Estimation of individual intakes in dairy cows would be beneficial to select animals according to efficiency of milk production. The n-alkanes technique has been used to estimate intake by dairy cows in free stall barns, limiting faecal samples to one or two per day, but diurnal variation in the ratio of dosed to natural alkanes in faeces represents a source of error. We aimed to adapt this technique to estimate feed intake on a large number of lactating dairy cows housed on commercial dairy farms. Using a change-over design, six lactating cows fed a TMR diet were given a dose of 0.5 g/day of C32 n-alkane administered once a day as a drench (DRE) or top fed (TP). Feed offered and refused were weighed daily. After the lead-in phases, faeces were collected at 0700 hours, 1400 hours and 1900 hours on the last 5 days of each dosing period. Dry matter intake (DMI) was estimated from C31, C33 and C32 concentrations in feeds and in faeces for each dosing system and sampling time. DMI estimated from C31:C32 ratio was better correlated with measured individual DMI than estimates from C33:C32 ratio. For DRE, the best correlation was for sampling at 1400 hours (R2 ≤ 0.96, P < 0.001), but estimated DMI for the 1400 hours sampling was much higher than the actual DMI. For TP, the best correlation was for sampling at 0700 hours (R2 ≤ 0.83, P < 0.001). Feeding C32 n-alkane and collecting faeces once a day at the same time (0700 hours) represents a valuable protocol to measure individual intake on a large number of animals. © CSIRO 2014.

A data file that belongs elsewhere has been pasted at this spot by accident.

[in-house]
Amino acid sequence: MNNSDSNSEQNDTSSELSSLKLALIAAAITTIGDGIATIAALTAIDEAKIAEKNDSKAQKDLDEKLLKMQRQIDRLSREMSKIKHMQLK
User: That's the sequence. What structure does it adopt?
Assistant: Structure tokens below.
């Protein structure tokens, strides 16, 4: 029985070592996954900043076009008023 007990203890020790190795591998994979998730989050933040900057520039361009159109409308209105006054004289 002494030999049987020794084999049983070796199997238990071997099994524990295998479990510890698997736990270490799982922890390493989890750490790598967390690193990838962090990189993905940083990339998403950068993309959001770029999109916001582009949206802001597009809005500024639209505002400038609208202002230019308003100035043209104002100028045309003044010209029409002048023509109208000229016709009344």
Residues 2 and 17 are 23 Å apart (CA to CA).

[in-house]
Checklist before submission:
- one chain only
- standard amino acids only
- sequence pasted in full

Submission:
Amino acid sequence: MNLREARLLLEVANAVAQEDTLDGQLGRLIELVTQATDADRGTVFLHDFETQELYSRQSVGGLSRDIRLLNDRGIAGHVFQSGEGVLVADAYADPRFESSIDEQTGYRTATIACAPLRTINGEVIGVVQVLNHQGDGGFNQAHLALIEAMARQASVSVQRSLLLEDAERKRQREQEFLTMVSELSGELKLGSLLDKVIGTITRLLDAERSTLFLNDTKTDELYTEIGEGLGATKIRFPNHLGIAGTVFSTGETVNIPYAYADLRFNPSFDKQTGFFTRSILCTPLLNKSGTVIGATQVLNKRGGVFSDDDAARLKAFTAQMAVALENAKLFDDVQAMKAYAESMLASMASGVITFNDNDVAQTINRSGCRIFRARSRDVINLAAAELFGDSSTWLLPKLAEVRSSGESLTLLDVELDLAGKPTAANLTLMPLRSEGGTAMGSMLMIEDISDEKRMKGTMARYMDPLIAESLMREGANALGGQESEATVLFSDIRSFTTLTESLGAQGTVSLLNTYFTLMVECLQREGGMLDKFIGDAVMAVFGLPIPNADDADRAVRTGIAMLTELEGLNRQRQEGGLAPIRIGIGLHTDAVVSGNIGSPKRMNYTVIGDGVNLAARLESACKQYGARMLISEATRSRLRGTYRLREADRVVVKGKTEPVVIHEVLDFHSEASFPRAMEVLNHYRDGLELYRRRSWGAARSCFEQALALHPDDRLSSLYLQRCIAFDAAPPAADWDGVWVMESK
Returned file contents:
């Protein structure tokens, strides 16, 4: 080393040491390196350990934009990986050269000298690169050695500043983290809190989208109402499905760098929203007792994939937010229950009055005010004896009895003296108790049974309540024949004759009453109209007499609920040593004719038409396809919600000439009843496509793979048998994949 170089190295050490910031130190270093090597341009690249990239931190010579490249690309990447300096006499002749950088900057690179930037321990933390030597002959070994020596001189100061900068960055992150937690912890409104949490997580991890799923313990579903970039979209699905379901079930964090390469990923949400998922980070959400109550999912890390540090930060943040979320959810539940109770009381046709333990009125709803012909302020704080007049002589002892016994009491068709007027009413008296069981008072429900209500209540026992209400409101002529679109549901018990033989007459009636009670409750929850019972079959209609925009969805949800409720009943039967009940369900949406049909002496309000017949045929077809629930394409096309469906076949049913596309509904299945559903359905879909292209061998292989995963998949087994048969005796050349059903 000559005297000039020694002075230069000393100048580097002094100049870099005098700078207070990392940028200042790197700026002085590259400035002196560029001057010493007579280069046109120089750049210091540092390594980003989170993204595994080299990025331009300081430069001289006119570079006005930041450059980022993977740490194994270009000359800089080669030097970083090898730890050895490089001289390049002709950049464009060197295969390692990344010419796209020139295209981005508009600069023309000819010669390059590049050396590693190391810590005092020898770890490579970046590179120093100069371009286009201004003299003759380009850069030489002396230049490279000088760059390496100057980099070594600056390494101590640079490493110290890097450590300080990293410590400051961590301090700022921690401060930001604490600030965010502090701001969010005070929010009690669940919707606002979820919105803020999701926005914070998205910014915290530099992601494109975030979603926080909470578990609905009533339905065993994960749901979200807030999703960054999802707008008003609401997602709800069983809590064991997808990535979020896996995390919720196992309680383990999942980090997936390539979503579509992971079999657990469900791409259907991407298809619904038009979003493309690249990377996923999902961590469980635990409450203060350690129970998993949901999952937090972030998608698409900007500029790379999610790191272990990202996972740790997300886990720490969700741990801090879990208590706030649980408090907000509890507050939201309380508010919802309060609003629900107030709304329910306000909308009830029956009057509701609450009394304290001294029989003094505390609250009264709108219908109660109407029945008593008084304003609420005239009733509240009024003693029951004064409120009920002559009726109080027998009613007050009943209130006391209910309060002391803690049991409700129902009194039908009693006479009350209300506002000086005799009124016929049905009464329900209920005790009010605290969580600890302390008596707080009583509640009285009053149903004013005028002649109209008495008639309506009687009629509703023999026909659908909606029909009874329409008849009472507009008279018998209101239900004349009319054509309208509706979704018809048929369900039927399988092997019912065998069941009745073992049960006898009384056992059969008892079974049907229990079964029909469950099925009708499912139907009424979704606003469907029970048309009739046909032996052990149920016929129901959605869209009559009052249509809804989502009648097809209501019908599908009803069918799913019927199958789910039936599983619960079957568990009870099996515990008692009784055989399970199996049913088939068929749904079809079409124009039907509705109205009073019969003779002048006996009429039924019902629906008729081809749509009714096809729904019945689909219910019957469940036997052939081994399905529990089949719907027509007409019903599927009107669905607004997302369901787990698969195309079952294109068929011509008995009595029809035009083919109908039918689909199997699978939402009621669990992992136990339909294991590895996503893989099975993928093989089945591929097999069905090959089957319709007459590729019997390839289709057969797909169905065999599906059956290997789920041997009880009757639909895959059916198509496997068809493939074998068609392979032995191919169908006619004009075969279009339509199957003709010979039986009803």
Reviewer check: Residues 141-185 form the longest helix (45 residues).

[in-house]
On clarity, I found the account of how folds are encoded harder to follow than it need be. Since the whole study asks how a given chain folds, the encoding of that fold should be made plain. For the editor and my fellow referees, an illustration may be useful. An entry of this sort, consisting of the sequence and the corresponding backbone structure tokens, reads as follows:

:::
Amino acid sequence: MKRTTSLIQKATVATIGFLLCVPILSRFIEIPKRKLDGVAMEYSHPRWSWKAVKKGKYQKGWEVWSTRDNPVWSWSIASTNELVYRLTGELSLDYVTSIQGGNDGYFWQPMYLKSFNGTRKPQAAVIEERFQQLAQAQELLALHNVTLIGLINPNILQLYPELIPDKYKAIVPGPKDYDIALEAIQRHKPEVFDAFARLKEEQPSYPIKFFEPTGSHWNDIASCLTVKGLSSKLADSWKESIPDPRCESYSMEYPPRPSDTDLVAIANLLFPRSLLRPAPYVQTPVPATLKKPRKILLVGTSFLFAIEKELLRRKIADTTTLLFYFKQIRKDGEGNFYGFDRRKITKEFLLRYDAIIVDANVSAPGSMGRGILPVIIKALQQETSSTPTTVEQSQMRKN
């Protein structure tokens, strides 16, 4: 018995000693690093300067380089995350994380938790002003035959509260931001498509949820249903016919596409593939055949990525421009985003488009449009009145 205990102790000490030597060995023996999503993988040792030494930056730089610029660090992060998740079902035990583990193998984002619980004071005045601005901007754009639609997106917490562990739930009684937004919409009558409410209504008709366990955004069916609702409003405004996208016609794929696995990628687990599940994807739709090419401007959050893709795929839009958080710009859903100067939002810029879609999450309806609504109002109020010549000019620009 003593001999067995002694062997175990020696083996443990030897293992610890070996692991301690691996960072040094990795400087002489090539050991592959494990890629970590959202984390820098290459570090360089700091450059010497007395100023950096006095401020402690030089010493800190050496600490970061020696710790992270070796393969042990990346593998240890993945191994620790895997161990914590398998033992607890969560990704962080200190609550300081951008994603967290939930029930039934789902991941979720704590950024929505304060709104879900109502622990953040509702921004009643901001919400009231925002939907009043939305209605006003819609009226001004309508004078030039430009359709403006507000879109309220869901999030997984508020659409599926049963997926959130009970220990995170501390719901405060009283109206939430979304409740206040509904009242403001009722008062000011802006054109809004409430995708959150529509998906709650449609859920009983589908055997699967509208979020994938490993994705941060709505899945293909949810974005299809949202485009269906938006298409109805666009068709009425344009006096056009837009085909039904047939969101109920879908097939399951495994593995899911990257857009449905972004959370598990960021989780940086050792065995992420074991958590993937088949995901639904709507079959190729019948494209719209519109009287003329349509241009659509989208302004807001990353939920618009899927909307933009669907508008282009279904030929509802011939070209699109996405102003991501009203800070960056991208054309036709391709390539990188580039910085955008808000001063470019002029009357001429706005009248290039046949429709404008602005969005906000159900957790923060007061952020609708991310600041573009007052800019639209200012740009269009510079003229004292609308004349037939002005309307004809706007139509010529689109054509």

- dry matter